[3, 4] The burden of demonstrating that the board's findings are unsupported by the evidence rests upon petitioner (Geffen v. State Bar (1975) 14 Cal. 3d 843, 852 [122 Cal. Rptr. 865, 537 P.2d 1225]); although petitioner claims the board's findings that he commingled and misappropriated clients' funds finds no support in the evidence, the preceding statement of facts clearly demonstrates ample support for the findings. Because the findings are adequately supported by the record, they should be adopted by this court. (Geffen v. State Bar, supra, 14 Cal. 3d 843.)

The Baxter Matter

Warren Baxter retained petitioner to assist him in resolving a dispute with Venice Van and Storage Company over the amount due Venice for its services. Venice had demanded more than the $130 Baxter believed it was due.

Baxter's mother provided petitioner with a check for $130 payable to "Venice Van and Storage Company c/o Attorney Robert Fitzpatrick" to be held "in escrow." Baxter instructed petitioner to offer Venice $130 in settlement of the dispute, and paid him a $50 fee in two $25 installments. [20 Cal. 3d 83]

The $130 check was deposited in petitioner's trust account, apparently without his knowledge even though he admits having endorsed the check. Someone in petitioner's office also endorsed the check with a signature reading "Venice Van and Storage Co." Within a month after deposit of the check petitioner's trust account was overdrawn and closed.

Petitioner took no action on Baxter's behalf. Although petitioner claimed to have telephoned Venice and to have tendered $130 in settlement, Venice told Baxter it had never heard from petitioner, and petitioner provided no documentary proof of the alleged attempted tender. Petitioner repeatedly failed to return Baxter's calls inquiring about the status of the settlement negotiations.

In August 1973, Baxter contacted the sheriff's office in regard to the two signature endorsements on his mother's $130 cashier's check and filed a complaint with the State Bar against petitioner. In October 1973, after learning about Baxter's complaint against him, petitioner sent Baxter a check for $130 drawn on one of his trust accounts, payable to Venice. In a letter accompanying the check, petitioner promised to refund $25 of the $50 fee, and did make the refund.

The local committee and the board found petitioner guilty of commingling and misappropriating trust funds by permitting the forging of the endorsement of Venice Van and Storage on a check delivered to him for use in settlement negotiations by depositing the check into his trust account, and thereafter by using those funds for other purposes.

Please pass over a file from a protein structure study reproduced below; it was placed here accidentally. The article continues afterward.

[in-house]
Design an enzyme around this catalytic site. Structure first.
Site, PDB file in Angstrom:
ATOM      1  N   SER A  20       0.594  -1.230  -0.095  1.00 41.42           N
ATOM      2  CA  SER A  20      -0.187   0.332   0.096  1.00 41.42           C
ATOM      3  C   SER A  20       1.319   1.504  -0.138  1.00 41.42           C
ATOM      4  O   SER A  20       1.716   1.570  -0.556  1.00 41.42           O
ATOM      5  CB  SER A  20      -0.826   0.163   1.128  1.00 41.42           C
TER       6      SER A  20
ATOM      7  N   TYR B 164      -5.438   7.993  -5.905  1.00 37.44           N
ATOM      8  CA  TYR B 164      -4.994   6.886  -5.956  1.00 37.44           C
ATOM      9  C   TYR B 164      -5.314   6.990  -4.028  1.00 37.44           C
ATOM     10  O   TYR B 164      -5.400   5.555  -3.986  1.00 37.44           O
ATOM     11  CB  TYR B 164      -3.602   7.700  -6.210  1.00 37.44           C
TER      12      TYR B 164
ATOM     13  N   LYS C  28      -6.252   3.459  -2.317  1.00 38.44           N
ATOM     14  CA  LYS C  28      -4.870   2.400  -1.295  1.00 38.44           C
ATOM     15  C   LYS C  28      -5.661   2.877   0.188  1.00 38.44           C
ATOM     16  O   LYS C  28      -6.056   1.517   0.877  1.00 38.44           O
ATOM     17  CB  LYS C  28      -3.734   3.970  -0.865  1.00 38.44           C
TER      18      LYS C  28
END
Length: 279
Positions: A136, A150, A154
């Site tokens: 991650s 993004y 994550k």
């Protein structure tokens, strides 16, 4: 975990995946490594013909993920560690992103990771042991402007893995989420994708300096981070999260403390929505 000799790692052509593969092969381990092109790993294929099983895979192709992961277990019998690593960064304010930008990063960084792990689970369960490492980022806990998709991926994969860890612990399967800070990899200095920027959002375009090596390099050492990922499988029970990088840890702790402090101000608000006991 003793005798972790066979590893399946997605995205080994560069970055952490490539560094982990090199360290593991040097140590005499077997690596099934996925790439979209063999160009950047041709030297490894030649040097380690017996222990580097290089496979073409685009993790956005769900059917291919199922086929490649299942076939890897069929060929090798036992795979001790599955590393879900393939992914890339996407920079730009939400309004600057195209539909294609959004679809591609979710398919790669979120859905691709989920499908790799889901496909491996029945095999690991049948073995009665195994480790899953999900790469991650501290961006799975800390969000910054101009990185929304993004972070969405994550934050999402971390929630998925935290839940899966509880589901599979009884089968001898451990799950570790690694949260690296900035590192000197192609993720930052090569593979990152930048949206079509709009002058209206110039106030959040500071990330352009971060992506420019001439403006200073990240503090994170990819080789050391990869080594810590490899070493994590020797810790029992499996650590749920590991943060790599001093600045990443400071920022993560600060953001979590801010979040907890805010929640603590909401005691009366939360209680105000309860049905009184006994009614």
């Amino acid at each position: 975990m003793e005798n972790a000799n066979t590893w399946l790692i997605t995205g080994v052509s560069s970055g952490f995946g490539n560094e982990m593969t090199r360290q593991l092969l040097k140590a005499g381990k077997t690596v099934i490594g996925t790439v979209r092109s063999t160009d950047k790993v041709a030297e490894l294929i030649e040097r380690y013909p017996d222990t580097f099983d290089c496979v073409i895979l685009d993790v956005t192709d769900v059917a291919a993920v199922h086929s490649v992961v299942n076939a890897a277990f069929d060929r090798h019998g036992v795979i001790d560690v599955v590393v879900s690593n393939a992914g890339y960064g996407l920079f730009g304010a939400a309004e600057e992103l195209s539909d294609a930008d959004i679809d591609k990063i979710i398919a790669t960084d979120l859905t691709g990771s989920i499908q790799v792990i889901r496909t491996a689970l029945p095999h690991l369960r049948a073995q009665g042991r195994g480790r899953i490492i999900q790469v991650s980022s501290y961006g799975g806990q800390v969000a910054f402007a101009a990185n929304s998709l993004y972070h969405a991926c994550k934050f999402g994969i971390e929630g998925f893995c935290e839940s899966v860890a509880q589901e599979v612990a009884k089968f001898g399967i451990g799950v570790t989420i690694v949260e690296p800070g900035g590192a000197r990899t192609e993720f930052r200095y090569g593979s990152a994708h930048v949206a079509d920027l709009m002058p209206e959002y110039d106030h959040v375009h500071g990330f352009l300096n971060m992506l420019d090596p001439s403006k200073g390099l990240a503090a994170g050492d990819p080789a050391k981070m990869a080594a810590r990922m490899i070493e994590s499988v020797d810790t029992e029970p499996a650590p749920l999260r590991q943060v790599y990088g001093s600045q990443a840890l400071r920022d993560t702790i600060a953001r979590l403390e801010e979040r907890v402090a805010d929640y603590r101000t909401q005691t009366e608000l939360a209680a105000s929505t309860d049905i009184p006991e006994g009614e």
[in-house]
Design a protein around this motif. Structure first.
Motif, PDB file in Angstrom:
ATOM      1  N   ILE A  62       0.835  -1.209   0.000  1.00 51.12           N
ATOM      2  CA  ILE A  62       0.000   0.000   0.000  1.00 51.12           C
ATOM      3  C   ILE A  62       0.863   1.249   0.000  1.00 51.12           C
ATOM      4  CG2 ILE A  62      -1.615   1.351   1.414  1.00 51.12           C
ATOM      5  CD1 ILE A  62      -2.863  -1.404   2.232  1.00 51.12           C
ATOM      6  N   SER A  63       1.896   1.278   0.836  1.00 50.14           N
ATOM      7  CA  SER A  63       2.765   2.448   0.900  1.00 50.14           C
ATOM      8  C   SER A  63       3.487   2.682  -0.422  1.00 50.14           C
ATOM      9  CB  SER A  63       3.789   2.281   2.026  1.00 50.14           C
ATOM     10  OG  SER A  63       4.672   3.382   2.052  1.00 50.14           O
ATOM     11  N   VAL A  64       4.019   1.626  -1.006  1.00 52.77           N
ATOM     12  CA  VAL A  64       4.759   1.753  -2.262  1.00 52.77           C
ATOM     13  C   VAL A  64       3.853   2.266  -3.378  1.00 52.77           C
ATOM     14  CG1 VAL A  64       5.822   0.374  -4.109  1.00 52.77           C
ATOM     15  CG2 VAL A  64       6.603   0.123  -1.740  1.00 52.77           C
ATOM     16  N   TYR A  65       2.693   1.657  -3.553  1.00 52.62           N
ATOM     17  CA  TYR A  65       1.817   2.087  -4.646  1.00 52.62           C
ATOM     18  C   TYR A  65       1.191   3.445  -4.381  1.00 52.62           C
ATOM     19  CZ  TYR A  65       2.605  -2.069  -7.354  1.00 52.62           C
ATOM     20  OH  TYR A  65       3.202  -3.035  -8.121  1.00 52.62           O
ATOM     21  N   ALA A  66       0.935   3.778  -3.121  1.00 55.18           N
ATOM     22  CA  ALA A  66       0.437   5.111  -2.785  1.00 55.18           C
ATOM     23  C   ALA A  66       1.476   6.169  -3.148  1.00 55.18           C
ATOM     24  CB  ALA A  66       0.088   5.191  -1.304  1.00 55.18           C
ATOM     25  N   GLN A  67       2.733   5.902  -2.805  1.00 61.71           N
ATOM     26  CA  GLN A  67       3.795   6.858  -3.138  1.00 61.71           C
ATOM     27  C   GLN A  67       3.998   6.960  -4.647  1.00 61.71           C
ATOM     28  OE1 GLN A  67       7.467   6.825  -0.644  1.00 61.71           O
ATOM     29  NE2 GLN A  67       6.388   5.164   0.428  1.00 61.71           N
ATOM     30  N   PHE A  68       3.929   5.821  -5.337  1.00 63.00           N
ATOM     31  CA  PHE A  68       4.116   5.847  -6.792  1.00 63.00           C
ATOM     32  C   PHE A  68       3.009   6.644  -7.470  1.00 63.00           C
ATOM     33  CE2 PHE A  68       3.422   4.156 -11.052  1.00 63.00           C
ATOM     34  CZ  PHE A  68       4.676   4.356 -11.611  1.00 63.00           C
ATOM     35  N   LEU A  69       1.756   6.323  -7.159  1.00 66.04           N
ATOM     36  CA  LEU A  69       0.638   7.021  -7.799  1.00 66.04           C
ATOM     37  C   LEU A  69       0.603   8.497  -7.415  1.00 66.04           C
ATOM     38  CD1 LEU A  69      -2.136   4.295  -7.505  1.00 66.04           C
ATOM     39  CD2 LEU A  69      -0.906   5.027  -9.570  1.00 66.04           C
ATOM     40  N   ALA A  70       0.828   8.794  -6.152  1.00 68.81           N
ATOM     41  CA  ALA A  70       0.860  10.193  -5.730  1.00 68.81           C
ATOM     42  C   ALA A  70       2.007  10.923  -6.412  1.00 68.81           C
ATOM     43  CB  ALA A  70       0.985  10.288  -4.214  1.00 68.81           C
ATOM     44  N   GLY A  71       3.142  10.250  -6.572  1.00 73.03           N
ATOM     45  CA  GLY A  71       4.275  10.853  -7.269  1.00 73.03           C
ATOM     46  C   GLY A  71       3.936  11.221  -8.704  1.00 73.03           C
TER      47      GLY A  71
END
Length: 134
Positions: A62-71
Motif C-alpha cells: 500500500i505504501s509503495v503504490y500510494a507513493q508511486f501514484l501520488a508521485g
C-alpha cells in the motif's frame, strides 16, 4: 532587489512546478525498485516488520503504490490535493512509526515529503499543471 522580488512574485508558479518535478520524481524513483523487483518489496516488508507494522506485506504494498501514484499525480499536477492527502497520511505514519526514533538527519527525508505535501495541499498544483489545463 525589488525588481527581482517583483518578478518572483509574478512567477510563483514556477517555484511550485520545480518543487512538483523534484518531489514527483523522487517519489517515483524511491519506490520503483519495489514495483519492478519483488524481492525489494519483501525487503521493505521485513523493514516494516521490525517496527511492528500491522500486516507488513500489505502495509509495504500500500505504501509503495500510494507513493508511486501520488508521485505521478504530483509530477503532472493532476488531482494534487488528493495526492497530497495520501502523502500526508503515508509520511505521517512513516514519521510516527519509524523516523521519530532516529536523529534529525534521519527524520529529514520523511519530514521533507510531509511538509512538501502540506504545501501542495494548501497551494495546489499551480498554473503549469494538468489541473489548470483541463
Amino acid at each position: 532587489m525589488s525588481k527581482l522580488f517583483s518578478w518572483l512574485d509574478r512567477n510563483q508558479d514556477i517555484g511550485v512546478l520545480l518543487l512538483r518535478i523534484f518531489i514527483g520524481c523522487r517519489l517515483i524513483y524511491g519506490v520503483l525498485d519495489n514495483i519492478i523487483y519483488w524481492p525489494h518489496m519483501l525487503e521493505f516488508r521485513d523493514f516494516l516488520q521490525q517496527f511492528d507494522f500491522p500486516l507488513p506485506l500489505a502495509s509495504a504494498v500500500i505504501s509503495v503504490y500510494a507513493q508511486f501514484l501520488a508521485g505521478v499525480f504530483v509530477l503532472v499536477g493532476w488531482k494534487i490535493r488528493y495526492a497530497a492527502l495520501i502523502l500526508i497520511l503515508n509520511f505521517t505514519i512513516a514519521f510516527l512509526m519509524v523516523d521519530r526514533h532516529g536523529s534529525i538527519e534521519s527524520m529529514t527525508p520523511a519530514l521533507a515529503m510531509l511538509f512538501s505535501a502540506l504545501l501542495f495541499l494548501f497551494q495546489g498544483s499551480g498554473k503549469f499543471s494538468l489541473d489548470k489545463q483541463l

[5] Petitioner concedes that the direction by Mrs. Baxter to hold the $130 in escrow did not permit his employees to deposit the check into his trust account, particularly since the check was payable to petitioner and Venice Van and Storage. Petitioner's contention that the deposit was made without his knowledge or authority is without merit, however, since petitioner must accept the responsibility of supervising the work of his staff. (Vaughn v. State Bar (1972) 6 Cal. 3d 847, 857 [100 Cal. Rptr. 713, 494 P.2d 1257].) Thus, petitioner has failed to meet his burden of showing that the findings of the board are not supported by the evidence.

The Wilson Matter

Petitioner represented Daniel Wilson in certain criminal proceedings in which Wilson was found guilty of possession of marijuana for sale. Wilson's mother retained petitioner to file the appeal of her son's case. [20 Cal. 3d 84] Petitioner informed her that his fee would be $2,000. Between November 1972 and April 1973, Mrs. Wilson paid petitioner $2,000 for the appeal.

Prior to petitioner becoming attorney of record, Wilson's pro. per. appeal was dismissed for failure to file an appellant's opening brief. Petitioner visited Wilson briefly in jail once and presented a paper not further described for his signature in connection with the appeal. Upon becoming attorney of record in March 1973, petitioner filed a motion to vacate the order of dismissal and reinstate the appeal, which was granted. Petitioner was also granted an extension of time to April 27, 1973, to file the opening brief. Petitioner never filed an opening brief, however, and in December 1973, the Court of Appeal dismissed Wilson's appeal on the ground that no such brief had been filed and that more than 30 days had elapsed since notification pursuant to rule 17(a), California Rules of Court.